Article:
16 February 2006 | Amon Cohen
With the cost of business travel increasing this year, Amon Cohen explores what procurement is doing to counteract soaring prices
Recently released figures confirm the cost of travel is heading north at a speed unseen since the start of the decade.
BTI UK reports that air travel bills for British businesses have shot up by 13.3 per cent in the past 12 months.
Its figures also show alarming jumps in hotel rates. As is the case with air travel, the pain is not distributed evenly. Average rates in continental Europe only grew 2.5 per cent in 2005 but in the Americas they rose 9.8 per cent and, in the Middle East, an alarming 30 per cent. Other hot spots were Moscow (up 36 per cent) and Bangalore (44 per cent).
With UK commerce generally in a phase of expansion rather than retrenchment, reducing levels of travel is not a realistic option. Instead, purchasers are increasingly looking for ways to buy smarter. But that will be harder than ever, according to Mark Avery, chairman of the Institute of Travel Management (ITM) and head of business services for PricewaterhouseCoopers (PwC). "Changing supply and demand is making it difficult to hold down prices," he says.
However, a survey released by the ITM earlier this month pointed to one area where buyers can undoubtedly make improvements. It showed that an average 20 per cent of reservations made by corporate travellers breach their company travel policy, either by making them outside sanctioned booking channels or through other violations, such as choosing a non-approved carrier.
If buyers tighten up on policy, the results can be dramatic. In August 2005, KPMG senior buyer Sarah Makings introduced a policy that mandated flight bookings through the firm's self-booking tool and travel management company and insisted travellers use preferred airlines. Since then, compliance has rocketed to 97.8 per cent and, as a result, she is finalising a negotiated air deals review with minimal price increases for 2006.
Makings has had less joy with keeping hotel rates in check. "Rates are back to pre-9/11 levels," she says. "Many hotels are full and only negotiating with their best customers." As Makings' comments indicate, accommodation is proving even more of a headache for buyers than air, mainly because supply is tighter. However, another factor is that KPMG does not yet have a mandated policy for hotels as it does for air.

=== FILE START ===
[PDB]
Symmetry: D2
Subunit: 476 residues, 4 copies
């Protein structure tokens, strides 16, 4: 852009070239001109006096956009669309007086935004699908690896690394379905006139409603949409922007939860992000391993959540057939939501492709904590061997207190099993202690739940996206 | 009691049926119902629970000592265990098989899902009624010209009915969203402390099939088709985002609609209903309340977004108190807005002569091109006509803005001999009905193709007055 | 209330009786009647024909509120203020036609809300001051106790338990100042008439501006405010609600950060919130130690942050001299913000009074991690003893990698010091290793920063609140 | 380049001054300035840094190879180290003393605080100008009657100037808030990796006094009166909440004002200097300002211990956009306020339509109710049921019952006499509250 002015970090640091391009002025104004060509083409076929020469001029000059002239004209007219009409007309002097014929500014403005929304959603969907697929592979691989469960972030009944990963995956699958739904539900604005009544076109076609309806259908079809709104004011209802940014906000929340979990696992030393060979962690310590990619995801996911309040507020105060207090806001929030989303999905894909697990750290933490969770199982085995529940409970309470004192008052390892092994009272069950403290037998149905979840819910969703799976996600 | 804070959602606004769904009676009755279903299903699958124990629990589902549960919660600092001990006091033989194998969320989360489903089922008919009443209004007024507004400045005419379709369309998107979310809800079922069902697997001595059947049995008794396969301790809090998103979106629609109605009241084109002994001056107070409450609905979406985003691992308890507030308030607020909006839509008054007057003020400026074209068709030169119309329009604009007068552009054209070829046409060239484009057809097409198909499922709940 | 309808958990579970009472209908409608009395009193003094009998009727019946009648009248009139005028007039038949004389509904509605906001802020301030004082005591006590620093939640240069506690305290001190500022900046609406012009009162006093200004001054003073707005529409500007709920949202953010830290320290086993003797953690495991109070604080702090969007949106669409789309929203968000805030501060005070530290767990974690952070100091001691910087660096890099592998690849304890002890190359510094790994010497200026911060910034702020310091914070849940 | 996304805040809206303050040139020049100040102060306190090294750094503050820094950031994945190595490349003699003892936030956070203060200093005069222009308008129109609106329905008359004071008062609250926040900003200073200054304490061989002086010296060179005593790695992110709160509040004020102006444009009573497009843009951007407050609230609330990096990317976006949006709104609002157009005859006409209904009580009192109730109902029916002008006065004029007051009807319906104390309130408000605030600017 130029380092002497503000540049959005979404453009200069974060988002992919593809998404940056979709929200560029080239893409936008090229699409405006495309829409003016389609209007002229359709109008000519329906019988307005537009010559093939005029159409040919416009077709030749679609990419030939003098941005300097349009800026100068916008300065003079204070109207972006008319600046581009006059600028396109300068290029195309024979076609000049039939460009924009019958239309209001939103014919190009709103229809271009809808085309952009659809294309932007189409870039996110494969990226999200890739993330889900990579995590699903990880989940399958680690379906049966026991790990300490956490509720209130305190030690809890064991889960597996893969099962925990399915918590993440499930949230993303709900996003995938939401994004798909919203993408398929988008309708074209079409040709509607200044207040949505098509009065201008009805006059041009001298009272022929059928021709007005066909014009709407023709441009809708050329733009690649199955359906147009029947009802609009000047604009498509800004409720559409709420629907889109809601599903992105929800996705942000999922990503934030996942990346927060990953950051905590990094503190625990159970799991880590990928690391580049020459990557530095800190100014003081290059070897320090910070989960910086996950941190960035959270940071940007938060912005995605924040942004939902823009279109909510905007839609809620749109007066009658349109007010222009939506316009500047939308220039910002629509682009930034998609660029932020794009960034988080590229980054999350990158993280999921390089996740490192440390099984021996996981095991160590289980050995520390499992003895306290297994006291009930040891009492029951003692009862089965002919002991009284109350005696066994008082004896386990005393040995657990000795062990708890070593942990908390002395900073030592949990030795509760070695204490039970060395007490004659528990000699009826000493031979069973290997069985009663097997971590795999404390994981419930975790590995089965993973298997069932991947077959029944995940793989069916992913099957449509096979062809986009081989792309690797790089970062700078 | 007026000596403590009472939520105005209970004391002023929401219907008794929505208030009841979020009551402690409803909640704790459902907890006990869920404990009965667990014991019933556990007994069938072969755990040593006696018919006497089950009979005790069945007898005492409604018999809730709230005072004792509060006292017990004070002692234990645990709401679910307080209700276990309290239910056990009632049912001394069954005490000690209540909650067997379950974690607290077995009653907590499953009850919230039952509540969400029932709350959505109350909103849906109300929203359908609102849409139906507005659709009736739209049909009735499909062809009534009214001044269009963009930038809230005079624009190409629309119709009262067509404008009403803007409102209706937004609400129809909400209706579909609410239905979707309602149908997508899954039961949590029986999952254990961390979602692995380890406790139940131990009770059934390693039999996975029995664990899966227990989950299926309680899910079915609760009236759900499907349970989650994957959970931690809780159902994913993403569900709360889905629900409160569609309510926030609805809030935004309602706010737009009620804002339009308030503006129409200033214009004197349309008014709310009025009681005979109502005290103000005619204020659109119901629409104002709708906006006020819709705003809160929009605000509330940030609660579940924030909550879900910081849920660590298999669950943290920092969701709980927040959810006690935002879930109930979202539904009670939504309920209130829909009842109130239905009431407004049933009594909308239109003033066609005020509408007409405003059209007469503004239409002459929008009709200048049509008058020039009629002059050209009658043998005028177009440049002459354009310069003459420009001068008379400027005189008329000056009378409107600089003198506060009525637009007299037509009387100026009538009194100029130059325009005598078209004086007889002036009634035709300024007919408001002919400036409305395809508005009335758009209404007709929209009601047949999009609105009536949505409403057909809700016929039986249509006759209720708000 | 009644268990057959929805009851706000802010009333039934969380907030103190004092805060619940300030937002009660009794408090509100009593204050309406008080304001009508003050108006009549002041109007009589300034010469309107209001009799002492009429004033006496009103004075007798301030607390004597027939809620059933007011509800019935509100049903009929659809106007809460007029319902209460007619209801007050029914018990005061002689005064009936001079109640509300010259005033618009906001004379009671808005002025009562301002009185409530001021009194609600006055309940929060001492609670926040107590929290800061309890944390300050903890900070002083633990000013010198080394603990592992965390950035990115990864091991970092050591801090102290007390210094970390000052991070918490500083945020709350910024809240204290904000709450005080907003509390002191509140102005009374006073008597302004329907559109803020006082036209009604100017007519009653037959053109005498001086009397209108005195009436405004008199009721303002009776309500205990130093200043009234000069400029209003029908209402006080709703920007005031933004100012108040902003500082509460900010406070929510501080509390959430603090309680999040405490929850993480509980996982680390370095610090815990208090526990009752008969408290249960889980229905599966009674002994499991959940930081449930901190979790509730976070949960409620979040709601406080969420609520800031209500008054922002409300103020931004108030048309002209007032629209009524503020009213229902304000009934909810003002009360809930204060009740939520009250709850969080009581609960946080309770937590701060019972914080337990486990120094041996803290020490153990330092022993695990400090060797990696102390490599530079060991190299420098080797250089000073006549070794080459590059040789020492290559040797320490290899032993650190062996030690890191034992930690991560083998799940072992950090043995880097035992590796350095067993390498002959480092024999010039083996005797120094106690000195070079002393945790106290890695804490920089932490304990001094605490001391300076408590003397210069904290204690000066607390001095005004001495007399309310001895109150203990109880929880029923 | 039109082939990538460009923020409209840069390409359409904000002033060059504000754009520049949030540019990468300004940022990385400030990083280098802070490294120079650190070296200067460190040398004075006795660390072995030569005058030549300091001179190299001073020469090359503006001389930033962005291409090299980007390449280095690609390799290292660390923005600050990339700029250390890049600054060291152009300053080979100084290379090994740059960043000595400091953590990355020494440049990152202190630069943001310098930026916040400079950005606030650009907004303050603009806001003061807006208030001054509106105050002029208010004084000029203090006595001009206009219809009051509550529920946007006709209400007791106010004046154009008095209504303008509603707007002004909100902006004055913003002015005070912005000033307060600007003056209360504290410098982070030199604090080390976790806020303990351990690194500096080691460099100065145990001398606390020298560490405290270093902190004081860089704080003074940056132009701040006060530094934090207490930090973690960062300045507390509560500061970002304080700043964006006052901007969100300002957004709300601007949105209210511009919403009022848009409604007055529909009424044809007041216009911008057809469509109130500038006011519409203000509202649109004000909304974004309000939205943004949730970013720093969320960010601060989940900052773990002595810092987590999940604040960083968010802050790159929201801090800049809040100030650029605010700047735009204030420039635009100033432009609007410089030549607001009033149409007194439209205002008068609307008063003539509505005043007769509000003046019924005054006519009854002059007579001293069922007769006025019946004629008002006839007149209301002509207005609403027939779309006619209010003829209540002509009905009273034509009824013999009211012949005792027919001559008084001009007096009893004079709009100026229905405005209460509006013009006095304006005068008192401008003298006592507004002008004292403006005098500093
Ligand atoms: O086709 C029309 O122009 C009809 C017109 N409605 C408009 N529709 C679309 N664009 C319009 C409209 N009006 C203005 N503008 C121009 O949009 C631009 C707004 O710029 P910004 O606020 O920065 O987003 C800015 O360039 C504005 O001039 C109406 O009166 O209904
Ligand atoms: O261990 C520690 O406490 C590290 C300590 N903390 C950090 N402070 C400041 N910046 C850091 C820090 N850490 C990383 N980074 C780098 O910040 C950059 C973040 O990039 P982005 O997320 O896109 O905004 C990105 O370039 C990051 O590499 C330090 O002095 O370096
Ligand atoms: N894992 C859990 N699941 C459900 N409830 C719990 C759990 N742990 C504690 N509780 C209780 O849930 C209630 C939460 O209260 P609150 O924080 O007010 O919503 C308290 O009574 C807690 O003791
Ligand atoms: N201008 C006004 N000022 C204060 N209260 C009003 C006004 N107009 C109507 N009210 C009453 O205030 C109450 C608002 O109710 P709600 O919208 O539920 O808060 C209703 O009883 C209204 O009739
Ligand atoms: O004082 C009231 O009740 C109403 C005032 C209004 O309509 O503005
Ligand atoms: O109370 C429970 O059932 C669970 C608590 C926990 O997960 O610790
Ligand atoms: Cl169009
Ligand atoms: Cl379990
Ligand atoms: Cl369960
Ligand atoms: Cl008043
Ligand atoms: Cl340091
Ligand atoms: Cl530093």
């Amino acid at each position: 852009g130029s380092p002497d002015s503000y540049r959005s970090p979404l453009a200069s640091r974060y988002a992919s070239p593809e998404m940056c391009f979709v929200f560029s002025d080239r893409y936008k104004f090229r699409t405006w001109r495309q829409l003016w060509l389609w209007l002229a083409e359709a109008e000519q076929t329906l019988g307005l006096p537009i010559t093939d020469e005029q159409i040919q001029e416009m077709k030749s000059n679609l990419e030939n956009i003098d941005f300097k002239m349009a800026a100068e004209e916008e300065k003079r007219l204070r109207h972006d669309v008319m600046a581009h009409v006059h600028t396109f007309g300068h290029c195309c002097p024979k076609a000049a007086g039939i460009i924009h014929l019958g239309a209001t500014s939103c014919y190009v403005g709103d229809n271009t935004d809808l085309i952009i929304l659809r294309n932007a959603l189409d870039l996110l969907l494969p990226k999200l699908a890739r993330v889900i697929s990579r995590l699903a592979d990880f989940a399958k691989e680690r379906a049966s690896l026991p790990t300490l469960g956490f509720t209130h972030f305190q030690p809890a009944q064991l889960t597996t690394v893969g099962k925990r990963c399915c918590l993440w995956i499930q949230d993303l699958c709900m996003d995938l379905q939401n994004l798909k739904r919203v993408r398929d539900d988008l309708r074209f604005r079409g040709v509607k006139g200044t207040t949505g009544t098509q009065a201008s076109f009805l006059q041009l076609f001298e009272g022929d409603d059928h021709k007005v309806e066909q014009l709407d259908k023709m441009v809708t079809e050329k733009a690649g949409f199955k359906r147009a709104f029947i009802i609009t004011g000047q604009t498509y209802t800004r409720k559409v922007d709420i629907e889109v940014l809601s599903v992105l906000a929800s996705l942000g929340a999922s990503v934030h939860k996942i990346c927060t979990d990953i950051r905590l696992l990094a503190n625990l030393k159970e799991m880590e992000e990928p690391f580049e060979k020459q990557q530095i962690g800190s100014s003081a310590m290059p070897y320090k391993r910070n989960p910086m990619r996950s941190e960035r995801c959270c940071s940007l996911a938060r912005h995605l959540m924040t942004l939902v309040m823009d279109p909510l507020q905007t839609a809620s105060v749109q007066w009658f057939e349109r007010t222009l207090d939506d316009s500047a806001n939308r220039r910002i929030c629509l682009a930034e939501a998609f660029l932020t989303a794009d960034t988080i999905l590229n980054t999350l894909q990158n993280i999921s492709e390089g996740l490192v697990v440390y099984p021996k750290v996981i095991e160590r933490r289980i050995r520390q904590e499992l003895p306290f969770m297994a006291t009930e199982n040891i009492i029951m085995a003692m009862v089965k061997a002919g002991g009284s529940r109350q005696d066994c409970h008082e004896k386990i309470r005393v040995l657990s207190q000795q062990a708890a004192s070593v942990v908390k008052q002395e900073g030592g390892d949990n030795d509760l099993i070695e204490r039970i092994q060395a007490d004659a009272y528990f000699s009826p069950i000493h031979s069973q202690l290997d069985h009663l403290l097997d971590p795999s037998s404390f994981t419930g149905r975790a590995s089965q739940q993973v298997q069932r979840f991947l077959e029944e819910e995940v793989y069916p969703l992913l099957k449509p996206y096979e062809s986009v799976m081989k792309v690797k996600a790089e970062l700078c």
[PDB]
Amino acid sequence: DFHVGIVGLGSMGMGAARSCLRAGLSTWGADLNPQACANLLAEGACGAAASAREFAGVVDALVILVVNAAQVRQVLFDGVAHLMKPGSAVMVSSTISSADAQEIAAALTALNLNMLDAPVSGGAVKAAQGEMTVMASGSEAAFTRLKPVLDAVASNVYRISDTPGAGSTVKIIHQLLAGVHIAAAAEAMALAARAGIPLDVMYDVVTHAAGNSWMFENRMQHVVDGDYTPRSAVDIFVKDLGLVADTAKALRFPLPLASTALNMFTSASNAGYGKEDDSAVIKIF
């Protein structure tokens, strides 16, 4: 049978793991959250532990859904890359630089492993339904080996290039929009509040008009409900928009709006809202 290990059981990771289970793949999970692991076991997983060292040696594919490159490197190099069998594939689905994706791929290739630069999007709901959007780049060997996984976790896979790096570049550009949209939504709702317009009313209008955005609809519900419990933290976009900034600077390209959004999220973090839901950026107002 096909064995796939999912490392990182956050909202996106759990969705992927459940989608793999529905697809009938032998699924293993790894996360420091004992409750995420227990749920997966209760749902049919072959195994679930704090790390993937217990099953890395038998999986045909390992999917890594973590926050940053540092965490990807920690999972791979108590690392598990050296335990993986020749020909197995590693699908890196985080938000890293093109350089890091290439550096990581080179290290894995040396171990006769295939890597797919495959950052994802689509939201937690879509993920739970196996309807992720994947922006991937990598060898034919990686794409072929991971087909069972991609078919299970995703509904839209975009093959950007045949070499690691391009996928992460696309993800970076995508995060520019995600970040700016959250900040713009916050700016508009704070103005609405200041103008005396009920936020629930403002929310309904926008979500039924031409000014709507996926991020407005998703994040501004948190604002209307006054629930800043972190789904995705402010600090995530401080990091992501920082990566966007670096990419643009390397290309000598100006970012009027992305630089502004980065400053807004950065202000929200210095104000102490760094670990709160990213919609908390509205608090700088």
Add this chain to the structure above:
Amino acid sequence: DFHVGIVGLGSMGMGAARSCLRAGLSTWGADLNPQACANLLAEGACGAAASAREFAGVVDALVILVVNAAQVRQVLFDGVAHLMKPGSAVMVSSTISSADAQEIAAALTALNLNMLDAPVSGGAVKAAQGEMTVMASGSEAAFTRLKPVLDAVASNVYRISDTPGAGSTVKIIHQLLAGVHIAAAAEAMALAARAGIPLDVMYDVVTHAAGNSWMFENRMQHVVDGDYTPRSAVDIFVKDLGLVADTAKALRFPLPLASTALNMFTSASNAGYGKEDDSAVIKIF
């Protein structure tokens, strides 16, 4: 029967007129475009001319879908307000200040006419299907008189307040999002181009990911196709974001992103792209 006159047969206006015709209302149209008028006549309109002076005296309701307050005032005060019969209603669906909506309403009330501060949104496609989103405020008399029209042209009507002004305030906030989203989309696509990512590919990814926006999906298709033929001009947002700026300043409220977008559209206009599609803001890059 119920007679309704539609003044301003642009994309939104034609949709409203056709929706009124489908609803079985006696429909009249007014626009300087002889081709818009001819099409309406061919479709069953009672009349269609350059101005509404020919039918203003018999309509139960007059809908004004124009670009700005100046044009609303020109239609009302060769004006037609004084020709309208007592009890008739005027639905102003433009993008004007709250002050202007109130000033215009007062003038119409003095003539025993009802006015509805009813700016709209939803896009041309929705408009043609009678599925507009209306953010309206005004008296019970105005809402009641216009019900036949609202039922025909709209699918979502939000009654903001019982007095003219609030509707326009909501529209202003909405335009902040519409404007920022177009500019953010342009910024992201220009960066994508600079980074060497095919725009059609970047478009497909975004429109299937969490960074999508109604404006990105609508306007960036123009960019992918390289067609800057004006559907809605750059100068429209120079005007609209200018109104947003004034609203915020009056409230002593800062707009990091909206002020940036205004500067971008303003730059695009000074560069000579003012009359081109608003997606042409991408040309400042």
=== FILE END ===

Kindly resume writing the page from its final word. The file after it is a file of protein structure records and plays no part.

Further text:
Instead, Makings has got creative, striking two-year deals with preferred hotel suppliers - a sensible bet given that all forecasts are for rates to continue to increase into 2007. As a result, she has been able to negotiate rates anywhere between 0 and 5 per cent higher than 2005, with the exception of India and Russia, where all buyers are suffering this year.
There are other creative options purchasers can consider too. PwC has responded to hotel rate increases by negotiating extras such as free parking and discounts on food and drink. "The headline price has gone up but the overall value remains the same," says Avery.
BTI UK, meanwhile, recommends something more familiar for buying air travel than hotel rooms, which is to book well in advance. Margaret Bowler, BTI UK general manager for hotel relations, reports a growing trend for early room booking, with 25 per cent of reservations now being made two weeks or more in advance.
"If left to the last minute, clients are at risk of paying rates higher than those contracted, as hoteliers try to achieve the best rates possible, often not offering client-specific rates," she says. "It is also vital to be aware of the trend towards flexible or demand-based pricing which can result in significant price benefits for clients if they have flexibility on the timing of their business trips."
In addition, BTI UK has noted a continuing trend to move travellers' standards of accommodation down a notch or two. In a buoyant executive labour market, however, this can only be taken so far given how much downgrading has already happened over the past five years. 2006 is going to be a real test for how successfully purchasers can buy travel without skimping on quantity or quality.